Living in Israel Guide

Living in Israel Guide

By Joshua Wood, LPC

Last updated on Feb 13, 2020

Summary: Expats, global nomads and retirees living in Israel talk about meeting other expats, befriending locals, the local culture, diversity in Israel, international schools, crime and more.

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People living in Israel share their experiences making friends, adjusting to the culture, what expat life is like in Israel, healthcare in Israel and more.

Deciding Where to Live in Israel

When we asked expats living in Israel to offer newcomers advice about choosing a neighborhood and finding a home, they replied:

"Ra'anana was suggested to us. Within the city, we decided that it would be worthwhile living as close to the highways leading to Tel Aviv as possible. We were looking for an attractive neighborhood with mixed housing (apartments as well as single-family homes)," said one expat living in R'aanana, Israel.

"I found an amazing relocation service through a guy named Rani. He found me accomodation and a job and helped me with everything, including opening a bank account, acquiring a credit balance, access to free medical aid, he even took me to the grocery store to familiarize me with all the products. Then he had referred me to a 5 hour Hebrew training crash course where I learned basic Hebrew," mentioned another expat in Israel.

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Meeting People in Israel

Expats living in Israel talked about meeting people in Israel and local clubs and organizations:

"Haifa is a very laid back city with a population of about 300,000. There are about permanent English speaking families and many temps who are studying at the universities or working in hi-tech. The young English speakers (up to age 35), have lots of pub evenings and outrings an they are well organized. There is the Anglo-list on Facebook which has about 2000 members and a smaller grou p - Haifa Young English Speakers too. There is a weekly walk on the beach, there is an English speaking branch of the Freemasons, Rotary, BNI and other similar networks. There are lots of volunteer organization who want English speakers to participate in their activities. There is a large Russian community in Haifa as well. A large Bahai and Filippino community live here too," said one expat living in Haifa, Israel.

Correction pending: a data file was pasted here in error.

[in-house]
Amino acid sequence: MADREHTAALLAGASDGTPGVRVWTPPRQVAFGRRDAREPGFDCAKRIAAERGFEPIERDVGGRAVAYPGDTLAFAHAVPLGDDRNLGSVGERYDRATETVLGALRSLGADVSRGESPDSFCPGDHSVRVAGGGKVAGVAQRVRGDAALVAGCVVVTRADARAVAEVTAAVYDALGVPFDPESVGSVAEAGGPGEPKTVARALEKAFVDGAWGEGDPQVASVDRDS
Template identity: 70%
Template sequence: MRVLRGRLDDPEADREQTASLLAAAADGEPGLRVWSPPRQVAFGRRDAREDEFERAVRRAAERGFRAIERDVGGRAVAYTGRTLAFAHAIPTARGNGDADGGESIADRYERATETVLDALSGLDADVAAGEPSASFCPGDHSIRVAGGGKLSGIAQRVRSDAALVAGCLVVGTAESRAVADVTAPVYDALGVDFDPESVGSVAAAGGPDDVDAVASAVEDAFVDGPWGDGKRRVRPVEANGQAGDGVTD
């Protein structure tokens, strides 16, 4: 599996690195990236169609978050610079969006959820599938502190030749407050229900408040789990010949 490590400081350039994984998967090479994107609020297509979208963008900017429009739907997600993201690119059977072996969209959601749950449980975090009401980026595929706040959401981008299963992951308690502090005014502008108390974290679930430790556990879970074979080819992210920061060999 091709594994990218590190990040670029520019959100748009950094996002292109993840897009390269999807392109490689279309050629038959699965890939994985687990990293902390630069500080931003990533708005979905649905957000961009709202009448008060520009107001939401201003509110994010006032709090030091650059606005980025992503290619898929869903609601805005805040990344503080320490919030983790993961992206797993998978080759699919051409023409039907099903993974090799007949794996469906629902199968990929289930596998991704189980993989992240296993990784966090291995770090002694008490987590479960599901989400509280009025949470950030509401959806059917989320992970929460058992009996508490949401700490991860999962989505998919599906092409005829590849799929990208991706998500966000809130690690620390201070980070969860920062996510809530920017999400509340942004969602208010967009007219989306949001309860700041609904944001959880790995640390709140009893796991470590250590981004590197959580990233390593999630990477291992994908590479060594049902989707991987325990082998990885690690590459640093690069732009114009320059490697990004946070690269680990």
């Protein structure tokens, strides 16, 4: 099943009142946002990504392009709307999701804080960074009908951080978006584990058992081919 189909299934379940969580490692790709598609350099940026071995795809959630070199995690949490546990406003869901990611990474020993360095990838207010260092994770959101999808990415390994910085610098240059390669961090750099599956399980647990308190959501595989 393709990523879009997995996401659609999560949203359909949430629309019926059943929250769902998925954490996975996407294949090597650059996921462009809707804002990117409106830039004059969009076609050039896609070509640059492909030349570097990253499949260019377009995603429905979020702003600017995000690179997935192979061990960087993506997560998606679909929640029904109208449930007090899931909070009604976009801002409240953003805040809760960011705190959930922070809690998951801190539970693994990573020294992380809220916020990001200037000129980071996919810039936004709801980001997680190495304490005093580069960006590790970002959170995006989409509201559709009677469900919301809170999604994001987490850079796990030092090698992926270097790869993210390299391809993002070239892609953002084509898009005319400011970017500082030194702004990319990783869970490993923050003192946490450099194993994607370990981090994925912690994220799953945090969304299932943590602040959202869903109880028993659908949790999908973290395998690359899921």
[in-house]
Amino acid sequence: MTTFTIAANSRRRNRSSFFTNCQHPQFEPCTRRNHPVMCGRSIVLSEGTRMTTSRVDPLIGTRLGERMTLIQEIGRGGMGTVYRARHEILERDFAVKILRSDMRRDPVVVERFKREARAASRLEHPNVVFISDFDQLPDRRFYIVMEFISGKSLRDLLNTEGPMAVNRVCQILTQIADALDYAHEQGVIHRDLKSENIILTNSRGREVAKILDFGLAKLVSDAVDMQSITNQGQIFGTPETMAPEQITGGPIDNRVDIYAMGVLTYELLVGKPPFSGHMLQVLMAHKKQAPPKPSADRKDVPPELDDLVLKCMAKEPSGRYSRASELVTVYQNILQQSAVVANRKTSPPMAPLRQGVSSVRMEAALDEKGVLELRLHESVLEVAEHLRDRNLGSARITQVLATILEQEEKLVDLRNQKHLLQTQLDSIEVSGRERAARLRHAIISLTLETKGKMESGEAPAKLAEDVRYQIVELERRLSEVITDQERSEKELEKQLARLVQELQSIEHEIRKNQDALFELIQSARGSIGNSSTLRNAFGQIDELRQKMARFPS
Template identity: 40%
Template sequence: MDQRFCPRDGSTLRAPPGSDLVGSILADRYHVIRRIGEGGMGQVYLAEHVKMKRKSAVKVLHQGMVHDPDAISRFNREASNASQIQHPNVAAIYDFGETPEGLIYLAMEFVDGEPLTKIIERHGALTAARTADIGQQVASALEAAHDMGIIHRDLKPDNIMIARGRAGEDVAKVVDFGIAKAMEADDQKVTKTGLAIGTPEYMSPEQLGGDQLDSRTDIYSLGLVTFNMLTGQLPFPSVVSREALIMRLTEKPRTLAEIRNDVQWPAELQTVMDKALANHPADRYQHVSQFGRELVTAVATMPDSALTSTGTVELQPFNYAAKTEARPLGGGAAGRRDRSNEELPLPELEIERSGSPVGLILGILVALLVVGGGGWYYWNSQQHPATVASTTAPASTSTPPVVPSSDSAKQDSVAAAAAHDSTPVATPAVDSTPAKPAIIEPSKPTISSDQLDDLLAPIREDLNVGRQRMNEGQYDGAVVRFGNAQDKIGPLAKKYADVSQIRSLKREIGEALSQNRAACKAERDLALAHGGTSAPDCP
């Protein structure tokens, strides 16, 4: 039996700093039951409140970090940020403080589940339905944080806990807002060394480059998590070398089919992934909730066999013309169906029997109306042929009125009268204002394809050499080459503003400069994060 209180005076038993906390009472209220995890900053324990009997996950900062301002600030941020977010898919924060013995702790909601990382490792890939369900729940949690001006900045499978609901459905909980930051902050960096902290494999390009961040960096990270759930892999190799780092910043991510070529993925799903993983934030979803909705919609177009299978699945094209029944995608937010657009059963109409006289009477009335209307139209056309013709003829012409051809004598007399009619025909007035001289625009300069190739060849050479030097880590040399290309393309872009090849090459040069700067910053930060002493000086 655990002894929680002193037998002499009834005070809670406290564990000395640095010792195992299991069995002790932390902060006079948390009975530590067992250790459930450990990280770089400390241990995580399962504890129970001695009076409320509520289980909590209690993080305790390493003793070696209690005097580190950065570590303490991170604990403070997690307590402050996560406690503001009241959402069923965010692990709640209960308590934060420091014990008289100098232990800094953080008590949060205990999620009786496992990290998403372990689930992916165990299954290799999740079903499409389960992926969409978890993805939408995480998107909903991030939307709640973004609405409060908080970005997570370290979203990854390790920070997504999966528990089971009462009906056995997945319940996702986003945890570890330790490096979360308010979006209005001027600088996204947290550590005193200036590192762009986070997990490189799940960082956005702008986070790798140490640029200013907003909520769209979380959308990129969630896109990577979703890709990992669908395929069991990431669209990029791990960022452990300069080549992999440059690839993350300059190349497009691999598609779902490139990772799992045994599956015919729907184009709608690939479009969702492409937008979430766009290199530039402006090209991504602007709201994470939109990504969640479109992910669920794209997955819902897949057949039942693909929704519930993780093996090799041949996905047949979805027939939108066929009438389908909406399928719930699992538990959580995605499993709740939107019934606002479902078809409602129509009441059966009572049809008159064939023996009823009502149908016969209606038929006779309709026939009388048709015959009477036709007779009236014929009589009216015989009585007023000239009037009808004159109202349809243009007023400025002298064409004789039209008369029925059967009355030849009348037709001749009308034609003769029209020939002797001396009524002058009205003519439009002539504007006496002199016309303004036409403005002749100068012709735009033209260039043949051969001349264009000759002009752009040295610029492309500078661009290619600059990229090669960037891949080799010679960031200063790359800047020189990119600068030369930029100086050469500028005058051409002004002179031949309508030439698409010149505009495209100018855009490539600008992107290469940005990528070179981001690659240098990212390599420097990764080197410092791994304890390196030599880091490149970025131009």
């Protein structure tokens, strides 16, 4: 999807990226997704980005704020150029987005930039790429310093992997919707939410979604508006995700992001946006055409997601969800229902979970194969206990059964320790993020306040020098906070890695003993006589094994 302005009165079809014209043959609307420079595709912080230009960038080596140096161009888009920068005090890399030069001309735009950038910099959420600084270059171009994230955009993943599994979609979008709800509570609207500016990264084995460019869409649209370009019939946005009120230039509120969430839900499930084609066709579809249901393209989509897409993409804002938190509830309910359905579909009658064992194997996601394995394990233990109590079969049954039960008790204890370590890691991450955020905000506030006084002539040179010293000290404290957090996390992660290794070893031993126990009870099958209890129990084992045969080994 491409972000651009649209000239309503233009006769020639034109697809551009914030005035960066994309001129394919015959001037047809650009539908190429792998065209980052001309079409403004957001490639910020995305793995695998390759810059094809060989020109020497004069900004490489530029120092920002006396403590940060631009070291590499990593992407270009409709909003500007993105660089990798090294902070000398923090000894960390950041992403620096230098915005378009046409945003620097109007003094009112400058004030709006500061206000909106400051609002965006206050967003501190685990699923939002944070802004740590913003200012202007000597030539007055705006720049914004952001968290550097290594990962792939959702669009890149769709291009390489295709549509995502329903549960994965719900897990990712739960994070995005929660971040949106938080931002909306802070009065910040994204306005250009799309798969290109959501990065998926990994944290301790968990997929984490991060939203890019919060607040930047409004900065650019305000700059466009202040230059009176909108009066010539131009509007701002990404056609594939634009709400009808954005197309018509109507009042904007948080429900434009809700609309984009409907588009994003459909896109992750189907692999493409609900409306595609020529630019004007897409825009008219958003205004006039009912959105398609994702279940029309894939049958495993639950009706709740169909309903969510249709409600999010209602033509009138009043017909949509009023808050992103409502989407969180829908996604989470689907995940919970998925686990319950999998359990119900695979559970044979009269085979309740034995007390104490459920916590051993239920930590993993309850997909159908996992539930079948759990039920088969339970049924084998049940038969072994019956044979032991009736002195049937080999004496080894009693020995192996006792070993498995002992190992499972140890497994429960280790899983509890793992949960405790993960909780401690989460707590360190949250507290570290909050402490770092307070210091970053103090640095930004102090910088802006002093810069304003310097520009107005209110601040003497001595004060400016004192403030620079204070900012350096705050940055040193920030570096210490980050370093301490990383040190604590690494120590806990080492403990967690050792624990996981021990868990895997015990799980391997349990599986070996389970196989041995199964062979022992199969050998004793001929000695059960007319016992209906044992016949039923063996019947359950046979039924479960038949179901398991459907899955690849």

"I highly recommend a small French restaurant in downtown Jerusalem called "Cavaliere". They offer a great selection of wines from all over the world as well as great food. It's a bit pricey but a special business lunch menu is available. Also I recommend "Sakura" restaurant for Japanese cousine lovers. It's a small place but offers a great selection of sushi, maki etc as well as salads and other lapanese dishes. In my opinion this is the most authentic japanese restaurant in Jerusalem," mentioned another expat in Israel.

Expat Life in Israel

What is it like living in Israel? Here is what people had to say:

"Haifa is a family city. The beach, the forests and nature trails are big attractions. It takes less than an hour to get to Tel Aviv which is the main commercial center. There is a huge hi-tech center in Haifa which employs many expats and it is close to another major hi-tech center - Yokneam. THe city of Haifa is focussing on the younger generation, students etc., and are working hard to improve facilities and housing options for them," said one expat living in Haifa, Israel.

"60% of the population is very religious and places close on Sabath (on Friday around 3 pm till Saturday's sunset). You may not be able to find a grocery store that is open around this time, so buy food before Sabath," mentioned another expat in Israel.

What Expats Appreciate about Their New Culture

We asked expats in Israel what they appreciated about their new culture. Here's what they had to say:

"Warmth of family and friends. Openness. Large number of smart people. A feeling of being home after 2000 years. Love of children. A feeling that we are all relatives," said one expat living in Raanana, Israel.